Sunday, August 19, 2007

Odds and Ends from The Sunday Paper

A pretty readable Sunday in the S-T. Some of the highlights:

  • The Man At The Door: Chris Vaughn had an enlightening story on Mark Kelsey of Pantego, a man you never want to see at your door if you have a loved one in the service. He's the man who comes to tell you that your loved one is dead, a task he has performed 55 times since he went back on active duty in 2006. How does he do it? Why does he do it? "Even though I am bringing them horrible news, I'm there to help them," he told Chris. "I get a sense of accomplishment from that. I'm also honored to be there. The soldier would want a caring professional to bring their family the news. So while I'm helping the family, I feel that I'm also honoring the soldier." It's unfortunate that America needs Kelsey to do this job, but I'm glad as an American that we have someone who is able to handle this task with such compassion and professionalism.

  • Salim Nourallah: Cary Darling's profile of Salim (pictured at right) was quite revealing and well-timed. "Shades of Jeff Buckley, Wilco, Ray Davies and Crowded House color the melancholic splendor of Nourallah's work, which has been honored with numerous Dallas Observer music awards -- best producer at last week's 2007 ceremony and best album, song and producer at last year's." I'm already a big fan of Salim's blog -- now I need to pick up his latest album, Snowing in My Heart. (iTunes link)

  • Mahler Overview: Matthew Erickson provided a good overview of Gustav Mahler's life and work leading up to the Fort Worth Symphony Orchestra's Mahler Festival, starting this Thursday. Me and the girls are going to check out the Ninth on Saturday, so this help me get geeked up.

  • The Foreclosure Crisis: Mitch Schnurman does what he does best -- taking a big national story and making it relevant for the local reader. "Foreclosures aren't the cause of the trouble; they're a symptom of scores of bad home loans and years of overbuilding. In this area, rising foreclosures were sending a signal to the market three or four years ago, but they were ignored -- with few consequences. ... Texas foreclosures should have been the canary in the coal mine: Put too many people in homes they can't afford, and loans go bad and streets fill up with empty houses. ... In the latest postings, the average loan originated in 2003, according to George Roddy of the Foreclosure Listing Service in Addison. And an even greater number of risky loans were made in '04, '05 and '06. 'Do the math, and that means we have two to three more years of this left,' Roddy says." Yipes.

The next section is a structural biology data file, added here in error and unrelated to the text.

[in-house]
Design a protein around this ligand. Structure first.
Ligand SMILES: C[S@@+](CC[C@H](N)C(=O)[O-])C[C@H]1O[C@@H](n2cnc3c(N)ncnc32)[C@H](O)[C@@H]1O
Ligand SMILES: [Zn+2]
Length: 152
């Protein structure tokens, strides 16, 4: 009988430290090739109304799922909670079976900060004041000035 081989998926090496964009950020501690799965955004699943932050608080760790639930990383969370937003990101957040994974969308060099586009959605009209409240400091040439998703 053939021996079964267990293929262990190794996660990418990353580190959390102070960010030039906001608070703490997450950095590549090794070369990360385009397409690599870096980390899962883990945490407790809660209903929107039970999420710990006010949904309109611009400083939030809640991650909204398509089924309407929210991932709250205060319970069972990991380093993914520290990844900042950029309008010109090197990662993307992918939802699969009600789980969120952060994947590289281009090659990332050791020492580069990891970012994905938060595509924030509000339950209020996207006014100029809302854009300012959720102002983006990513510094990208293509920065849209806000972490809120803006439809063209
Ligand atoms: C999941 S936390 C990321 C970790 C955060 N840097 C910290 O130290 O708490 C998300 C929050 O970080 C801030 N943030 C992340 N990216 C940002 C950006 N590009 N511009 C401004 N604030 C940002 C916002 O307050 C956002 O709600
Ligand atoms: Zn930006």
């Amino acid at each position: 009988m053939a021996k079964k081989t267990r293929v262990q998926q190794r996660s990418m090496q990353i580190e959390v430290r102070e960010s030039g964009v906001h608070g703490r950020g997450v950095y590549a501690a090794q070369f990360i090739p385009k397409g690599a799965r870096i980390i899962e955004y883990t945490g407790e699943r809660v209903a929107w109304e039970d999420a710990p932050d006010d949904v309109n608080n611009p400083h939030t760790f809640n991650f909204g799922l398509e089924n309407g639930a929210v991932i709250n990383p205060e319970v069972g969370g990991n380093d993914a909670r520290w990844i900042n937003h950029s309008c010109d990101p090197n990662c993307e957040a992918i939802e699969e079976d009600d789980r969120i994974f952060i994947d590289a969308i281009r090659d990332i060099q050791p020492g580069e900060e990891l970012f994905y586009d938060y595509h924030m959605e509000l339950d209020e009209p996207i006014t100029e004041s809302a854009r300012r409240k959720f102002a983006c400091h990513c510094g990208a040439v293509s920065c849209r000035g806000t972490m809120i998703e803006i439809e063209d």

• 1 comment:

    LPJ said...

    Regarding Salim Nourallah:

    I'm really looking forward to checking out his album, and appreciate the links to his blog and the iTunes store. I can't resist to plug an alternate service, though. If you go to eMusic (, you can find three of his albums (including Snowing in my Heart), and the tracks cost me a quarter each, significantly less than on iTunes.

    Bonus: All tracks on eMusic are DRM-free.